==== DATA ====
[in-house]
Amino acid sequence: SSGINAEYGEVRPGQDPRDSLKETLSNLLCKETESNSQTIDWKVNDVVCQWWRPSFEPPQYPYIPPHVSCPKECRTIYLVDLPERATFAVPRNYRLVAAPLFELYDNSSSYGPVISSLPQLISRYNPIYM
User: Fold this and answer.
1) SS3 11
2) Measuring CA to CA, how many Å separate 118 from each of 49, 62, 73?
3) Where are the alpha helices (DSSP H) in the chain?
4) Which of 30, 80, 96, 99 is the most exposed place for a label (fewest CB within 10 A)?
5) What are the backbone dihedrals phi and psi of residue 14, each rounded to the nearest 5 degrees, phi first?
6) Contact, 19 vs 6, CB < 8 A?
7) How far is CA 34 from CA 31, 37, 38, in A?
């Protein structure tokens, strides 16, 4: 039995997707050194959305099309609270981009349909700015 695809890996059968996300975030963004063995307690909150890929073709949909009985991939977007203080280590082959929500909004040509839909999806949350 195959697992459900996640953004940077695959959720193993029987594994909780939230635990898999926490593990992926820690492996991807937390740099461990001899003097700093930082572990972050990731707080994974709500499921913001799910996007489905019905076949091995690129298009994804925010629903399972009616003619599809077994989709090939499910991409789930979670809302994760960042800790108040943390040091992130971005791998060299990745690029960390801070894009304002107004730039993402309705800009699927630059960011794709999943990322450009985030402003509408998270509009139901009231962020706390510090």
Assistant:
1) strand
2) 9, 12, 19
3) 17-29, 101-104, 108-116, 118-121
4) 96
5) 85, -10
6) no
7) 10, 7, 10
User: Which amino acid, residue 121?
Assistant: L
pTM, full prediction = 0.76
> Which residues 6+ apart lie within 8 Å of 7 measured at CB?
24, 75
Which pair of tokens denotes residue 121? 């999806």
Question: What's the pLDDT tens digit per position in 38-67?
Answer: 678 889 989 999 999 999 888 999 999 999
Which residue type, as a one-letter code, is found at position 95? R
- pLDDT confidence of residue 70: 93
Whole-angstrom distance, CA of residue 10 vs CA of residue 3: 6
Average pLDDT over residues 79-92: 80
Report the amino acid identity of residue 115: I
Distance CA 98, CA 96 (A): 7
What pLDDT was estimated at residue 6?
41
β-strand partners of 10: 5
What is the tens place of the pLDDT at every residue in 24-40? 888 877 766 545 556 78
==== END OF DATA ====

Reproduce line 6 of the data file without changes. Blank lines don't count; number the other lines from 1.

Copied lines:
3) Where are the alpha helices (DSSP H) in the chain?